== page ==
Under the rules adopted by the World Trade Organization’s 1995 Agreement on Agriculture, a cartel system like that of Canada’s supply management - were it created today - would be illegal. The global community has decided that policies which artificially inflate domestic prices, and protect them with outrageous import tariffs, are a thing of the past. Ironically, public opinion in Canada still favours supply management, even though it perfectly embodies the protectionist policies that Canadians love to hate when they come from the White House. Canadians roll their eyes at Donald Trump’s “America First” economic policies. Yet most Canadian politicians continue to support their own archaic system of supply management. Consumers are forced to pay nearly $600 more per year on groceries than their American counterparts. Import tariffs have made it nearly impossible for Canadians to buy foreign dairy products, forcing low-income families to pay a huge price to provide their children with a healthy diet. Prior to supply management’s introduction in 1971, Canada had over 140,000 dairy farmers who were struggling to break even, due to price volatility in the dairy market. Fast forward 46 years, and we can see that the Canadian dairy industry has undergone a great change. For starters, the number of dairy farmers in Canada has dropped by over 90 percent to less than 11,000 nationwide. More importantly though, over this 46-year period, the average wage and net worth of Canadian dairy farmers have increased dramatically. According to the 2008 OECD Economic Survey of Canada, the average Canadian dairy farmer had a gross income of over $250,000 and held over $2 million dollars in assets, in the form of dairy quota. Today, the average Canadian dairy farmer is a millionaire, yet policy makers still believe we should be taking money from low income families to… Read More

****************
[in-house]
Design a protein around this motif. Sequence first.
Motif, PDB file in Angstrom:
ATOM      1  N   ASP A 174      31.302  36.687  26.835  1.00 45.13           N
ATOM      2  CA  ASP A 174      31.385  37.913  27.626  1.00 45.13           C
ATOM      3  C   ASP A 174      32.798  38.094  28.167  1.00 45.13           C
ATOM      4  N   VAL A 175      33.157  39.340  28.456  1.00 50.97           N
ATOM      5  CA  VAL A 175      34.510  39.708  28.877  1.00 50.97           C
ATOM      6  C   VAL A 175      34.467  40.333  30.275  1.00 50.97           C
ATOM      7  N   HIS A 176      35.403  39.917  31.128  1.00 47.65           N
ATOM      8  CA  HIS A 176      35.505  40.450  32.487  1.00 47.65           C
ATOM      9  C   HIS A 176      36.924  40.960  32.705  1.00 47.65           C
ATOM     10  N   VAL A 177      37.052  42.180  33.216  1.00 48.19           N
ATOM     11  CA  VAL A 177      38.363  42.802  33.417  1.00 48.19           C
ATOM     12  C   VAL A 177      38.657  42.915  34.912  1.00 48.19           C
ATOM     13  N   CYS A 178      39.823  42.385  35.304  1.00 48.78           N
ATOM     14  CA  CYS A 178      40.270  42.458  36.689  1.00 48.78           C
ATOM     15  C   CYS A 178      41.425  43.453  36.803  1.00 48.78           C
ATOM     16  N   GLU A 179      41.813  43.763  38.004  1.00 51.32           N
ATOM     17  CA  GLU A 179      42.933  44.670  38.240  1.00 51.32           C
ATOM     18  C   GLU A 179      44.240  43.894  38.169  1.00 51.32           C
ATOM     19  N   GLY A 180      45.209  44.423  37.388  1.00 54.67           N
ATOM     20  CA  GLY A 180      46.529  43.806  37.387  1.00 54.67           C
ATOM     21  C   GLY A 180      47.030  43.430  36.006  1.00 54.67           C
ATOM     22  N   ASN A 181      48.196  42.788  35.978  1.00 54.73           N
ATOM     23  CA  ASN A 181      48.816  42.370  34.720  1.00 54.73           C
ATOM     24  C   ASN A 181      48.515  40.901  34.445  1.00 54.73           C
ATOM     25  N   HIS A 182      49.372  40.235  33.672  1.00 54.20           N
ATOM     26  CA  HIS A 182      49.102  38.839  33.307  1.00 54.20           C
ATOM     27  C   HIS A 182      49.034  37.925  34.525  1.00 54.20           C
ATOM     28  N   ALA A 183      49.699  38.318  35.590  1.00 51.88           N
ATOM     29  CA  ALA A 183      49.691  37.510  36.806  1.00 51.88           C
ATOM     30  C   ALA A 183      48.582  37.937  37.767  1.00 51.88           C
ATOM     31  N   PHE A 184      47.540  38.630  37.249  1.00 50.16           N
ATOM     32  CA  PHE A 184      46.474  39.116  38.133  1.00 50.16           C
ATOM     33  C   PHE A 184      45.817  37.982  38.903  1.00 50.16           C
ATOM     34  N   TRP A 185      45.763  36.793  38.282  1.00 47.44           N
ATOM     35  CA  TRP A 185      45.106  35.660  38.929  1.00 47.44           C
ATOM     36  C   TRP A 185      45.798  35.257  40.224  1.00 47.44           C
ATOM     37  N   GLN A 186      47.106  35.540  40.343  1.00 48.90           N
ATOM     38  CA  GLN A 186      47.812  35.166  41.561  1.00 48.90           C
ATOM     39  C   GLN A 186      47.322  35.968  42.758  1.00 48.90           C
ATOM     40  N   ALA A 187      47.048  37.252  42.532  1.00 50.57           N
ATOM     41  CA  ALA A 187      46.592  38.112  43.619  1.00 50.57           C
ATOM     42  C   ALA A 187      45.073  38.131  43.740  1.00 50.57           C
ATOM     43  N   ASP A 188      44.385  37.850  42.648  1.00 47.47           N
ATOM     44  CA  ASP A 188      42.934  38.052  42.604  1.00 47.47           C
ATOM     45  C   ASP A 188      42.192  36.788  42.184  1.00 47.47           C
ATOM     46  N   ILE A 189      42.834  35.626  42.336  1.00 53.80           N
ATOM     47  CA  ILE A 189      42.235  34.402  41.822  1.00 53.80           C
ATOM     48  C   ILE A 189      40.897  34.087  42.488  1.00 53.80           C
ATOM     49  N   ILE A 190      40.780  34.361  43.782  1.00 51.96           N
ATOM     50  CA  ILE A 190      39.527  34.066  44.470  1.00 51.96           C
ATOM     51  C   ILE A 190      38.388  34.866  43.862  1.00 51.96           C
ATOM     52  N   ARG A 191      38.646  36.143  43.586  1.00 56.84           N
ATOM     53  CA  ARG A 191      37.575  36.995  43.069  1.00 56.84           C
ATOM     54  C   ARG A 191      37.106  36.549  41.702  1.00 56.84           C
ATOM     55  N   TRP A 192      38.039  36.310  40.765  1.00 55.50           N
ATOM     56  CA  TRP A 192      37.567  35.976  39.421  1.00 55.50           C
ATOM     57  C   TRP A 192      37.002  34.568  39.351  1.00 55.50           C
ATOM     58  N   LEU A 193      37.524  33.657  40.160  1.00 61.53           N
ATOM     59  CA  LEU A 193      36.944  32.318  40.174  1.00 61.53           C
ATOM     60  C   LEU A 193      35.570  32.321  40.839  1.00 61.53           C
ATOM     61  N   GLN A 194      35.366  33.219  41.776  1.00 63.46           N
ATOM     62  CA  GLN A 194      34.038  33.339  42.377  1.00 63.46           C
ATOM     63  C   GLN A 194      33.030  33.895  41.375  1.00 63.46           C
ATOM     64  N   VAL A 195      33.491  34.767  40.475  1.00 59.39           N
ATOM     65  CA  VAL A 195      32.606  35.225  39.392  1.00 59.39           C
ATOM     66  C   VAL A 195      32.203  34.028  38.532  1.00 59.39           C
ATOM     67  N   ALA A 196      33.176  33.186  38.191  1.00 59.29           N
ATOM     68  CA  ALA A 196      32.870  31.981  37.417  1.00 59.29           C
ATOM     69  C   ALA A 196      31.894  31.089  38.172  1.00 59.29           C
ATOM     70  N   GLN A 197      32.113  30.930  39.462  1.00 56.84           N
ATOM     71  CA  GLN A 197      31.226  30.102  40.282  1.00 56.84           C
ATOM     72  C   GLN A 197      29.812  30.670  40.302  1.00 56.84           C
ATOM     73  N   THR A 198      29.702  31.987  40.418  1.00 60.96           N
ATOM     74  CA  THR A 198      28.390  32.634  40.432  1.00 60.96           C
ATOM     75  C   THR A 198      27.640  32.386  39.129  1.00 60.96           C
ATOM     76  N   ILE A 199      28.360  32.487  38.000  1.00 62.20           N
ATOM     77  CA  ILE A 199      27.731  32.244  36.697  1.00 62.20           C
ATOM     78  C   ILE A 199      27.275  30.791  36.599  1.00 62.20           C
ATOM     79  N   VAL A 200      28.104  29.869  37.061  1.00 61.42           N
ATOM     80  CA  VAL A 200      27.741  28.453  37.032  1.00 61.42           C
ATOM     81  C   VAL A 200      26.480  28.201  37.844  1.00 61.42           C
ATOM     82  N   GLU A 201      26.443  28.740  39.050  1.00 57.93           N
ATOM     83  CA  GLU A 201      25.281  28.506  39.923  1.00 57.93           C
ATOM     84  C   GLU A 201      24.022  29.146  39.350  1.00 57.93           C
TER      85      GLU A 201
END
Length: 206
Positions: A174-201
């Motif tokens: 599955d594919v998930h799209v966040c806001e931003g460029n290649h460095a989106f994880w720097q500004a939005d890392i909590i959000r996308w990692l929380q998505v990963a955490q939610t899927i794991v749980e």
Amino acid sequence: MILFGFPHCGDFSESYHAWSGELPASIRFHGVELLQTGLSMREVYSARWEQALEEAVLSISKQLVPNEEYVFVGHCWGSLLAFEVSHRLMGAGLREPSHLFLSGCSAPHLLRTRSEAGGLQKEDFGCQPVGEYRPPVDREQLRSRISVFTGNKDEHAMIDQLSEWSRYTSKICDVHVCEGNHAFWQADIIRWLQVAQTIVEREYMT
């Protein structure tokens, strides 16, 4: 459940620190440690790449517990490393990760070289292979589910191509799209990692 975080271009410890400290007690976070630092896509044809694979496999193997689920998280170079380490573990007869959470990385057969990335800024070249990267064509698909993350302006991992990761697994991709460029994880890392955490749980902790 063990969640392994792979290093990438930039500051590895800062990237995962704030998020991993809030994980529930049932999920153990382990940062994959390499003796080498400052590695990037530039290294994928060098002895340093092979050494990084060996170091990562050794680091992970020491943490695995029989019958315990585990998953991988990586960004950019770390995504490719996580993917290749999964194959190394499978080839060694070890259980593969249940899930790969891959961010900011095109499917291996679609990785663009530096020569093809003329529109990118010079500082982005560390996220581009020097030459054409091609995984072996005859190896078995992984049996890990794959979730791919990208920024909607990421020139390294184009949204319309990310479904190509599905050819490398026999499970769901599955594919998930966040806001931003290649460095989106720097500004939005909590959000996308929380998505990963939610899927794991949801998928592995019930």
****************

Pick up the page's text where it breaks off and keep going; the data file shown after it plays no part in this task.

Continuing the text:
Were election rules broken at the CPC convention?

The Conservative Party of Canada is currently under fire for potential voter fraud stemming from discrepancies in its claimed voter turnout, compared to the strikeout lists sent to each campaign. There was a 7,466 vote discrepancy between them. This has cast doubt on the legitimacy of Andrew Scheer’s May 27th victory, especially by Maxime Bernier’s supporters. However, after having attended the leadership convention last month, another potential voting scandal that no one has yet addressed looms in my mind: passive electioneering. Passive electioneering involves wearing or distributing campaign materials within polling stations. Section 166(1c) of the Canada Elections Act explicitly states that “no person shall, in a polling station or in any place where voting at an election is taking place, influence electors to vote or refrain from voting or vote or refrain from voting for a particular candidate.” Yet at the 2017 Conservative Leadership Convention in Toronto, I was handed a “Voters’ Guide” a mere 20 feet from the voting booths, inside the polling location. This Voters’ Guide was not obvious campaign material, and only bore its organization’s name—Campaign Life Coalition—in small font on the bottom of the pamphlet’s back. This pamphlet “disqualified” all but two socially conservative candidates—namely Brad Trost and Pierre Lemieux. Campaign Life Coalition, a social conservative organization that promotes pro-life and traditional values, created the pamphlet for its own supporters and distributed it to them by mail and online. Jeff Gunnarson, a representative from Campaign Life Coalition, said, “when designing the guide, there was no discussion at the time how we would be distributing it at the convention—except that we would bring copies with us.” “We designed the guide’s front page in such a way that it would not be immediately identifiable coming from Campaign Life Coalition.  We wanted people to pick it up and… Read More